Thirdly, the definition in the law reads: "Mass events are events of social and political, religious (religious, yes – editor's note), sports, cultural or entertainment nature with participation of a significant ("significant" - how many exactly? – editor's note) number of citizens held on the occasion of official (state), professional, religious holidays, memorable dates, as well as on the initiative of political parties, movements, public associations, religious confessions (societies), individual citizens, sports organisations, culture institutions and so on."
Now I have a question:
- A regular Sunday service falls within the definition of the law on mass events. Yes, it does, for sure. So why aren't Sunday services banned?
- Is the church funeral service for a hero, which his comrades in arms attent, an "event" or not? Clearly an "event";
- And the cherry on the cake. Do you remember how on Independence Day 5,000 UOC-MP believers marched in a procession to Pochayiv? Hey, the SBU, where were you looking? Ukrainian MP Volodymyr Aryev asked the SBU the same thing. Do you know what the answer was? "No violations were found," the official letter (follow the link) said.
I'm sorry, but there are no comments left to make.
4. The SBU is very worried that the UOC (which is by no means of the Moscow Patriarchate) may appeal in court against the transfer of its parishes to the Orthodox Church of Ukraine. Are you serious? I would like to see a judge make such a decision.
It is also worried that Moscow may use the parish transfers as an excuse to "destabilise the situation and carry out provocations". Allegedly Russia in general and Putin and Gundyayev in particular need some excuse.
5. And then we have the most interesting part. The UOC itself. Let me remind you that on 27 May the UOC decided at its congress that it is no longer of the Moscow Patriarchate and has nothing to do with the Russian Orthodox Church. This was registered in amendments to its statute.
It is true that this statute has never been officially published (only information leaks have made it possible to study the document – editor's note). Why such secrecy? It is simple. The "determination" of the UOC-MP to break with the ROC was based, first and foremost, on an attempt to get out of the scope of the law on the activities of organisations whose governing centre is on the territory of the aggressor state. Secondly, it was an attempt to "let off steam" - to somehow calm down hundreds of ordinary priests who no longer wanted to commemorate Gundyayev and have nothing in common with Moscow at all. On 27 May, the UOC declared itself an "independent church" (first of all, from Moscow). But the canonical law has no such status as "independent church". It does not exist.
So, purely nominally, the UOC continues to be of the Moscow Patriarchate, that is, part of the Russian Orthodox Church.
Thus, when the SBU helps the UOC, it directly helps the Russian Orthodox Church.
During the war, yes.
As much as anyone would like to present it from a different angle.
6. Of course, when preparing this article, we asked the SBU press service for comment. We quoted it in the news, but I am adding it here too - to complete the picture.
"The SBU does not interfere in any way with religious processes in the state, but acts solely out of national security concerns. At the same time, we are well aware that Russia has not abandoned its attempts to undermine the socio-political situation in Ukraine and, in particular, uses the religious factor to do so. Therefore the letter which was sent by the Kyiv directorate of the Security Service of Ukraine to the capital's district administrations has identified a number of aspects which representatives of enemy special services use for information and subversive activities against Ukraine. The Security Service also drew attention to counteracting such hostile manifestations. Separately, it should be recalled that during martial law, any mass gatherings of people are forbidden because they may pose a threat to their lives due to the increased risk of missile attacks and sabotage that the Russian Federation may carry out. In order to prevent such crisis situations, as well as affecting sentiments in Ukrainian society, which could have negative consequences in times of war, the SBU monitors potential threats and informs the authorised agencies."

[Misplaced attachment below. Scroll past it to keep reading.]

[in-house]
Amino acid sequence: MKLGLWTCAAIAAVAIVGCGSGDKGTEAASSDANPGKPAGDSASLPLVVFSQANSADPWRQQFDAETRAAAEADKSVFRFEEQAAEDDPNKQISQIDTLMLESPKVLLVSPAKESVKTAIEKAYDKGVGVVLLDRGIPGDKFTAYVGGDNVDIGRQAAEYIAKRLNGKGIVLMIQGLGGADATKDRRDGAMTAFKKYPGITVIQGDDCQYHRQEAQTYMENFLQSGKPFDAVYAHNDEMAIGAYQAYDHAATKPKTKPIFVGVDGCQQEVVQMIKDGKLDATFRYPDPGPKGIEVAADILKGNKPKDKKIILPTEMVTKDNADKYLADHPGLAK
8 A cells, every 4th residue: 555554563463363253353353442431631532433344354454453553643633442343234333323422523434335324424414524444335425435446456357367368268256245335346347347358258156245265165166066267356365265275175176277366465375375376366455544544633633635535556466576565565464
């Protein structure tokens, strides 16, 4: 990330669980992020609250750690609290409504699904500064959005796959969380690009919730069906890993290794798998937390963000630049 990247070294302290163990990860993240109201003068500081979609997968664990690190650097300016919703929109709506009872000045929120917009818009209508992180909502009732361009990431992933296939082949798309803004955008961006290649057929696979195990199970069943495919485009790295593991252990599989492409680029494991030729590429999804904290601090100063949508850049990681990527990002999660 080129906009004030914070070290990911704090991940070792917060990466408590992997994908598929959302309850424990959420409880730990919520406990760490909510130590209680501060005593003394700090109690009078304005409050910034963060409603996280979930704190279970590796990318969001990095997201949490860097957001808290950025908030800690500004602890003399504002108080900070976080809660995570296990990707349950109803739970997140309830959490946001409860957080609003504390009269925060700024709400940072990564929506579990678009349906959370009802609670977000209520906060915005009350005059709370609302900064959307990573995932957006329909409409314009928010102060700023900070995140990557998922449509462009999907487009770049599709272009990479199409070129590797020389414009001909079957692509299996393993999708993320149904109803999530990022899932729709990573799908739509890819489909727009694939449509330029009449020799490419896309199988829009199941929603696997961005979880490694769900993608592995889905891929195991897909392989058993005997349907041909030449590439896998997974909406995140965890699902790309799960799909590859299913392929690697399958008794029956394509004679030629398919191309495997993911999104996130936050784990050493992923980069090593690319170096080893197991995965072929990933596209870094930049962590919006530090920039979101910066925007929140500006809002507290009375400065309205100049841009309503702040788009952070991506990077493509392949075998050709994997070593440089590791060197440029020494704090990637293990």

One last thing. "Why does it matter?" You may ask. "After all, I myself do not go to church at all, and although I am definitely against Moscow's popes, but I don't care who has how many parishes."
Let me explain. In our realities, the question of the church is more than about religion, it is closer to geopolitics. After all, it is the Russian Orthodox Church that is the creator and ideologist of the Russian world, under the banners of which the "combat Buryats" (here a composite image) are killing Ukrainians. Just as Vladimir Putin considers "the collapse of the USSR the main tragedy of the 20th century", so Kirill Gundyayev stubbornly opposes the independent Ukrainian church. First of all, because it is an important element of our identity. While the UOC MP - for the most part - works as a tool to promote pro-Russian narratives - "brotherly peoples", "everything is not so unambiguous" and the like.
Of course, it would not be right to colour everyone with the same brush - I personally know many good decent UOC MP priests, first and foremost in the regions, they are patriots, active volunteers, etc. They each have their own reasons for staying where they are. At least for now.
But the position of the UOC MP top clerics is clear as a day - they are waiting for an outcome of the war to swear allegiance to the victor. Perhaps the war has changed something in their minds, but many of them have openly invited Putin and Russia here. And it is very surprising (to put it mildly) that the Security Service of Ukraine is now helping them. Especially amid President Zelenskyy's statements during the dismissal of the previous SBU chief, Ivan Bakanov, that there are still quite a few Kremlin agents, spies and collaborators in the ranks of the service.
Commitment to the Moscow church is an excellent marker to identify them.